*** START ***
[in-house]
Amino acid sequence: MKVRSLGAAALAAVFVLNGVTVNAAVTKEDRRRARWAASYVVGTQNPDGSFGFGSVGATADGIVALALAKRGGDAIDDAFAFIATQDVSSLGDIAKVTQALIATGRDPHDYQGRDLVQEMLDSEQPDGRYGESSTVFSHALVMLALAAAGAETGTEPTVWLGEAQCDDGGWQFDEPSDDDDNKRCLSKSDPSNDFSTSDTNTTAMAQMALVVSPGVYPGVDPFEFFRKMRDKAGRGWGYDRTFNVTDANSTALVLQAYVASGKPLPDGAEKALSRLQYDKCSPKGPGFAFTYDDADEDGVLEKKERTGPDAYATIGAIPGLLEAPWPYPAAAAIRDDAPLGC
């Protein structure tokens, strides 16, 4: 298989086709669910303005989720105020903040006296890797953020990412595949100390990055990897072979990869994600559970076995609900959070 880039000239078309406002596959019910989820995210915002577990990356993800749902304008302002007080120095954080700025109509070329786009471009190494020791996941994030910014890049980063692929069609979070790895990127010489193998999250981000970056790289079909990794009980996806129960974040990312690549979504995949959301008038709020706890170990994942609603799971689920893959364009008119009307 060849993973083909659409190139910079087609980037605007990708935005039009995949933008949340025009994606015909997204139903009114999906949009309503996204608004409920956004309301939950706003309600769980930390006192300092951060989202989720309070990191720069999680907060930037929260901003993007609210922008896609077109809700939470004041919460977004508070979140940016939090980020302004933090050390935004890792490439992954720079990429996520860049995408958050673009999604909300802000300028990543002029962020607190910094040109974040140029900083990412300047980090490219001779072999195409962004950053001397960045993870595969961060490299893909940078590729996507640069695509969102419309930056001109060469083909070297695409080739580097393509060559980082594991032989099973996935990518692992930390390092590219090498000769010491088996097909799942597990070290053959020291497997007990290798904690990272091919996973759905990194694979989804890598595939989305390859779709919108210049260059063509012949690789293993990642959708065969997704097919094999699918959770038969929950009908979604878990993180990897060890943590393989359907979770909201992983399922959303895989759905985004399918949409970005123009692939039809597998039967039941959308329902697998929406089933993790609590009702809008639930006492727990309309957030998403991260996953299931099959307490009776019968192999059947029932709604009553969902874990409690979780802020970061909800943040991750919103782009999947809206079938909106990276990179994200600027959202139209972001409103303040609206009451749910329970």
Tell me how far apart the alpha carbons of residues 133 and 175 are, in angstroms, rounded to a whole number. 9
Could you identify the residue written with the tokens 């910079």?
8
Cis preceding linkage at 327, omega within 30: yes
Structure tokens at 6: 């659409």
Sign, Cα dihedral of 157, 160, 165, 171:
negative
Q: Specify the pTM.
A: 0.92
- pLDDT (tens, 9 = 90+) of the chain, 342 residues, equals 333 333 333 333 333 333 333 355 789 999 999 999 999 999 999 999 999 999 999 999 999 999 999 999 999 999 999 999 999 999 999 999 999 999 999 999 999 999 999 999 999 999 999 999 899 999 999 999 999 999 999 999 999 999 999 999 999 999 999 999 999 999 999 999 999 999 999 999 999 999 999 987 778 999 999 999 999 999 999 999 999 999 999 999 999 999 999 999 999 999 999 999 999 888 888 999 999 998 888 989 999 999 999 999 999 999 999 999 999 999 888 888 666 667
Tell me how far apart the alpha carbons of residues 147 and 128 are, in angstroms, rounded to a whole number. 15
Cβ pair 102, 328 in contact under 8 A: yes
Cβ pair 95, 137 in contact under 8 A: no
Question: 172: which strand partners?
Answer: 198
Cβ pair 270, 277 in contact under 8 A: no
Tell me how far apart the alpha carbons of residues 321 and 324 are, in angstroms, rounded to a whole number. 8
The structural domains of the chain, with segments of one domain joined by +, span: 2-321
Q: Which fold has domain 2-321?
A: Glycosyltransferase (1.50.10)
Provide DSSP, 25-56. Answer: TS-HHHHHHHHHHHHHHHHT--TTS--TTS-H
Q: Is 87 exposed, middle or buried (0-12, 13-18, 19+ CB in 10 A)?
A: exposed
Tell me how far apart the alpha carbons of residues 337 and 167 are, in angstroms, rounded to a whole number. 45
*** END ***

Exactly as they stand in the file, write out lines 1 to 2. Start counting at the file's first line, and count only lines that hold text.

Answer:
[in-house]
Amino acid sequence: MKVRSLGAAALAAVFVLNGVTVNAAVTKEDRRRARWAASYVVGTQNPDGSFGFGSVGATADGIVALALAKRGGDAIDDAFAFIATQDVSSLGDIAKVTQALIATGRDPHDYQGRDLVQEMLDSEQPDGRYGESSTVFSHALVMLALAAAGAETGTEPTVWLGEAQCDDGGWQFDEPSDDDDNKRCLSKSDPSNDFSTSDTNTTAMAQMALVVSPGVYPGVDPFEFFRKMRDKAGRGWGYDRTFNVTDANSTALVLQAYVASGKPLPDGAEKALSRLQYDKCSPKGPGFAFTYDDADEDGVLEKKERTGPDAYATIGAIPGLLEAPWPYPAAAAIRDDAPLGC